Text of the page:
o There have been sporadic reports of strikes, and of demonstrations more working class in composition outside of Tehran, but there is no denying that the core of the movement so far has been students, and more middle-class laayers. The sheer size of the protests in Tehran over the last few days means that undoubtedly a large number of them must be workers and the poor, but that is different to the working class entering the movement as a social force.
o In 1978, in the months leading up to the Iranian revolution, there were huge protests in Tehran, led by students, intellectuals and the clergy and pulling in sections of workers and the poor. But it was only when the great strike movement took hold that the downfall of the Shah became inevitable, and the movement transformed into a genuine revolution.
o We simply do not have enough information to judge the state of things now. Many of the labor organisations are backing the opposition, but there is clearly nothing like widespread strike action yet. Whether or not that emerges will be a fundamental factor in future developments.
- The second factor is the hegemony of Mousavi over the opposition. While clearly many are on the streets because they are hostile to the regime in its entirety and want fundamental change, this has not yet found a political expression. It will have to do so at some point. Mousavi may shift in a more radical direction in response to pressure from below and from the intensity of attacks from Ahmadinejad – it is impossible to tell at this point how the divisions in the ruling class are playing out. But he is committed to capitalist rule in Iran, and there is no section of capital committed even to a genuinely democratic reform program, let alone one that would provide a solution to the social grievances that underpin so much of the anger on the streets.
There is every likelihood that if he is not crushed by Ahmadinejad, he will be the means by which the upheaval is put down.
- The third point flows from this – there is no left capable or willing to give voice to the aspirations of workers and the poor, and pose a genuine revolutionary challenge to the ruling establishment.
o The left in Iran is not only small and disorganised, it has not broken with its fundamentally flawed politics that led to defeat in the past – both in the National Front era in the 1950s, or in the 1979 revolution.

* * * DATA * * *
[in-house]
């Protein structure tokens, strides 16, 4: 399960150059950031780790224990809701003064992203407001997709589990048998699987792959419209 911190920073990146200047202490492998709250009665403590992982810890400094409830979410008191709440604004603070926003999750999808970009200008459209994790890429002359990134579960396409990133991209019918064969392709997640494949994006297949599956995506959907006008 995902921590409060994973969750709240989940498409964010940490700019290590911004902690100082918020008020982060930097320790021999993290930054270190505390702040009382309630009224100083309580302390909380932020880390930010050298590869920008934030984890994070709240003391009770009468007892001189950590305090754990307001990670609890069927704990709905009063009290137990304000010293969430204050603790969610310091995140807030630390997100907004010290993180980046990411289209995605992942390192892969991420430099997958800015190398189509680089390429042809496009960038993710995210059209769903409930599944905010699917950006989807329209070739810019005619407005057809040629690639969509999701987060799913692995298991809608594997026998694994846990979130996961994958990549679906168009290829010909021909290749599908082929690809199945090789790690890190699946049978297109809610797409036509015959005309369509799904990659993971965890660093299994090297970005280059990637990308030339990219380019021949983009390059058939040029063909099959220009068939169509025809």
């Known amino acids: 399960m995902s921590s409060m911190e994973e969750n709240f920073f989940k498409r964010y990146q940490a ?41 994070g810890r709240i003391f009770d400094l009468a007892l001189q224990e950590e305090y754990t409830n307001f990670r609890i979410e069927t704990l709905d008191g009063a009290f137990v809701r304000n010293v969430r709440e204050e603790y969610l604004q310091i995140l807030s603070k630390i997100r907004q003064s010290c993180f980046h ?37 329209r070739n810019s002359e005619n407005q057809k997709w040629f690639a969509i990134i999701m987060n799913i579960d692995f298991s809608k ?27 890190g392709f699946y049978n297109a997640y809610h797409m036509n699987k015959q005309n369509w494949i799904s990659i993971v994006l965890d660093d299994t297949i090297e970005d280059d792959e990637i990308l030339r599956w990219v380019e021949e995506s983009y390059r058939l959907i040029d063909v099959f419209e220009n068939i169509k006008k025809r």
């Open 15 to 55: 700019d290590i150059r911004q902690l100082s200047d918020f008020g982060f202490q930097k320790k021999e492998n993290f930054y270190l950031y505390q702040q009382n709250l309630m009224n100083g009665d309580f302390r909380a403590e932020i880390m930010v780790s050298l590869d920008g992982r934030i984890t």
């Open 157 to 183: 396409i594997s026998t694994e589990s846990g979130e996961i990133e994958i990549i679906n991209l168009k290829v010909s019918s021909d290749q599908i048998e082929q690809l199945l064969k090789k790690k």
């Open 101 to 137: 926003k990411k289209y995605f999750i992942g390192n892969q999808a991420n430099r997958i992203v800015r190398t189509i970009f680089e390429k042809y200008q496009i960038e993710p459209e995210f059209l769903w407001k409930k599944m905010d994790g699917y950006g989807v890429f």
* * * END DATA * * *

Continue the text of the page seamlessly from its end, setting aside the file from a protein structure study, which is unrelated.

§ In both of those instances, they refused to try and build a movement independent of the so-called progressive capitalist forces, and orient to the working class as the fundamental force of revolutionary change.
· In the 1950s the Tudeh Party (essentially the Communists) would not break with Mossadeq and the bourgeois nationalists who were determined to constrain what was an insurgent workers movement.
· In 1979 not only the Tudeh party, but also the more radical leftist groups the Fedayeen and the Mojahedin, would not orient to the strike movement of the workers, or to the Shoras, workers councils, that emerged after the downfall of the Shah. These later two saw guerrilla warfare, rather than workers industrial struggle, as the key revolutionary element.
As well, they were either uncritical of, or at best accomodating to, Khomeini and the Islamists who had put themselves at the head of the movement and who in the end systematically destroyed all that was revolutionary and democratic about it.
So the situation is filled with contradictions. But there are two things we can clearly say, which I will finish with.
First, that the explosion of mass protest on the streets has proven again what socialists always argue: that the collective action of masses of people has the power to transform even the most impossible seeming situation, and re-write the political landscape in a fundamental way.
Second, that none of the factions in the ruling class go even part of the way to addressing the fundamental economic grievances and political wishes that have brought people onto the streets. The only way such a solution can be found is if the popular revolt is transformed into a movement for popular power. For this to be possible, the working class has to take the leading role in the struggle, and break with the pseudo-reforming “official” opposition.
The role of the left has to be to argue for such an independent movement, and for the need for a revolutionary challenge to the whole system of Iranian capitalism that has been propped up by the Islamic regime since it crushed the revolution 30 years ago.
For all the weaknesses I have pointed to, the inspiring heritage of revolutionary working class struggle in Iran makes that an argument that has the potential to once again grip the minds of millions.